I woke up the following morning still trying to process the epic failure from the previous night. Everyone else in the group was also disappointed, but Faith surprisingly took it in stride – you can’t control nature. Thinking that we only have 2 more nights in Tromsø, and one of the nights is taken up by our ice dome stay, I suggested doing another light chasing tour on our last night. However, after seeing the low KP Index forecast, I had doubts and feared a repeat of last night. At the same time, I’d hate to be the one holding the group back. What if the lights did end up showing? Finally after much back and forth, we took a gamble and decided to throw good money after bad.
With that out of the way, we headed off for the Arctic Cathedral.
Back in town, the pursuit of a late lunch ensued.
Five PM – time to board the bus for our 90-minute journey to the Ice Dome.
But before anything else, we were first led on an hour-long snow shoe hike.
Back at the lavvu, a warm meal awaited us.
Dinner was followed by a tour of the ice dome. This year’s ice dome was constructed over a period of 6 weeks (normally completed in 8 weeks, but this year’s snow came late) with the theme revolving around the Norwegian explorer – Roald Amundsen.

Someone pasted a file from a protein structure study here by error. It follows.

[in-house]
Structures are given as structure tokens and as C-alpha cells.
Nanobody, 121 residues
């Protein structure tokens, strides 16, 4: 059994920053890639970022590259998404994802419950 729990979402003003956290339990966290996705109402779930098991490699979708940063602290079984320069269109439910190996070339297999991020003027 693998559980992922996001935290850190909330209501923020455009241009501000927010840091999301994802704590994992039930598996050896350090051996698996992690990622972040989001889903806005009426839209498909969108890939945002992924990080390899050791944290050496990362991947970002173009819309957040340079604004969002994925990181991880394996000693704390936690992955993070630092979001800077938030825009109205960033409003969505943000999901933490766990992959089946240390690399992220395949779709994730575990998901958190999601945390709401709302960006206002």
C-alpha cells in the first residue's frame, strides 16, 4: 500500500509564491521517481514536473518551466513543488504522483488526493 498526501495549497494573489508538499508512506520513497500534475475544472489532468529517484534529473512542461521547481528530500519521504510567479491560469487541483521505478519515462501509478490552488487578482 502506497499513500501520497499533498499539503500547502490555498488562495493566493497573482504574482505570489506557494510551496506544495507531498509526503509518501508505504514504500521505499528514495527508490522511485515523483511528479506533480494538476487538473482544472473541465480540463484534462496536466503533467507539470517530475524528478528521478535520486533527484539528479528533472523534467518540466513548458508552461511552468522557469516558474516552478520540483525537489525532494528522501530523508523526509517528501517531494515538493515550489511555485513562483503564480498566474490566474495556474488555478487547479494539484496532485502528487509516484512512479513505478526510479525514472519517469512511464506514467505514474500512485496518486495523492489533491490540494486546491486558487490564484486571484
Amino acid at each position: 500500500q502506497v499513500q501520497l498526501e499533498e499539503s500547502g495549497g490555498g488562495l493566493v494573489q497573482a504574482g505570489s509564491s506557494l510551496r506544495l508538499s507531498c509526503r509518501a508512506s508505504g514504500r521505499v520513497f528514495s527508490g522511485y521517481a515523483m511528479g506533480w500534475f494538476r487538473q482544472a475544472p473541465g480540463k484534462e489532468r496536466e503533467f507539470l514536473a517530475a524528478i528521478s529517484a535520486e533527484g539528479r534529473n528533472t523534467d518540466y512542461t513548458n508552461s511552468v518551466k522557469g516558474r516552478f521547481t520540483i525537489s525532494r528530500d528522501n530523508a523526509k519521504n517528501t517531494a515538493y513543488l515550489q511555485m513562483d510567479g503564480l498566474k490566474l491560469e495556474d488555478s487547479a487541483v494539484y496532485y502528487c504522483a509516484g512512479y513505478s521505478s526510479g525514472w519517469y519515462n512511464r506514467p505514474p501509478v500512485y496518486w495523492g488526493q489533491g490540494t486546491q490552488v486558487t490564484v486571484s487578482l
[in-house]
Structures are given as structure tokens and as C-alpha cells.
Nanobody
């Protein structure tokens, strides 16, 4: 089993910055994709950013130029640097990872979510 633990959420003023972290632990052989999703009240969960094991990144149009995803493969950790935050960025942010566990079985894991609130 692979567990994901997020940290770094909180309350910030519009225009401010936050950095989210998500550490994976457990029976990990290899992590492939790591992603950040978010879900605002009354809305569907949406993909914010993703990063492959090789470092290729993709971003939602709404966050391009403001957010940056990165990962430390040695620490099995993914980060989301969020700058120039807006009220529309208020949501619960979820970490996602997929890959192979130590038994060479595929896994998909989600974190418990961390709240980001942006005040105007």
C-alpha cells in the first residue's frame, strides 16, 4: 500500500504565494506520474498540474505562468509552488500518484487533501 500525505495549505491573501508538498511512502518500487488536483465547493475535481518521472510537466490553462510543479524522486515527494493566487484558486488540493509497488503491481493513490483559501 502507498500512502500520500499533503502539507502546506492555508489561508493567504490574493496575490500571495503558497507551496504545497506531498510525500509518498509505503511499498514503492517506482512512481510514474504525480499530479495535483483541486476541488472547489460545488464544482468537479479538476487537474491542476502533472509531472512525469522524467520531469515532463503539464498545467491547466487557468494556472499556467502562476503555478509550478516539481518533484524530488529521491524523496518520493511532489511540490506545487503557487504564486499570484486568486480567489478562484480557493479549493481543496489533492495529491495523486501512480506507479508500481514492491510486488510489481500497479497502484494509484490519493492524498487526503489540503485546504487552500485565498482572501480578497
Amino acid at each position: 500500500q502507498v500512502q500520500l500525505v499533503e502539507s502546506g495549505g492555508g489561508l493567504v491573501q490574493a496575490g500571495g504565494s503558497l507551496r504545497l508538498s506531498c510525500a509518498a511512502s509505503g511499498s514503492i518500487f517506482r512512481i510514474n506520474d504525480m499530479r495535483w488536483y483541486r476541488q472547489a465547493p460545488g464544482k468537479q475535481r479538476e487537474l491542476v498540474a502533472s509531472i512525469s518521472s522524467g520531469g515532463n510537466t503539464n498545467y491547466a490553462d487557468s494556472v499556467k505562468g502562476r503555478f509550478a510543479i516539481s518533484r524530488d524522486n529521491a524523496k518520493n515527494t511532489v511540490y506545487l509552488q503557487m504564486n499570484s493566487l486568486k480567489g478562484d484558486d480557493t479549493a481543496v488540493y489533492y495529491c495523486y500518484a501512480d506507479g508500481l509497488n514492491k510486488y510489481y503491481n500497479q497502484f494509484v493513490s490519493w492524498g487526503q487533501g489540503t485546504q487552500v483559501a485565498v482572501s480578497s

Eight ice sculpture artists were commissioned to sculpt murals in the eight hotel rooms.
A 7AM wake-up call, delivered by a towering Norwegian man, sent us scurrying to the central lavvu to freshen up. I was the only one out of the 16 guests who had showered the night before, so all I had to do was to brush my teeth and wash my face.
All guests had an option to do one of 3 activities after breakfast – dog sledding, reindeer sledding, and snow mobiling. Since we had already done the reindeer sledding at the Sami tent, I had signed us up for dog sledding prior to the trip. The last time Joe and I went dog sledding in Alaska, we were both seated with the guide as the musher, so I figured it would be an easy activity for my slightly athletically disinclined friends.
It wasn’t until during briefing when I found out that we would take turns mushing. Not only that, the guide said that the musher would have to run behind the sled during all the uphill sections, in deep snow. As soon as Peggy heard that, she sidled up to me and asked if I was able to do it. Trusting my years of endurance training, I reassured her that it was doable. However, I was worried about the other two. At the end of the briefing, an older couple voluntarily dropped out. But Faith and Munerah stuck with the plan, and they ultimately did well enough to survive the 7-8km journey.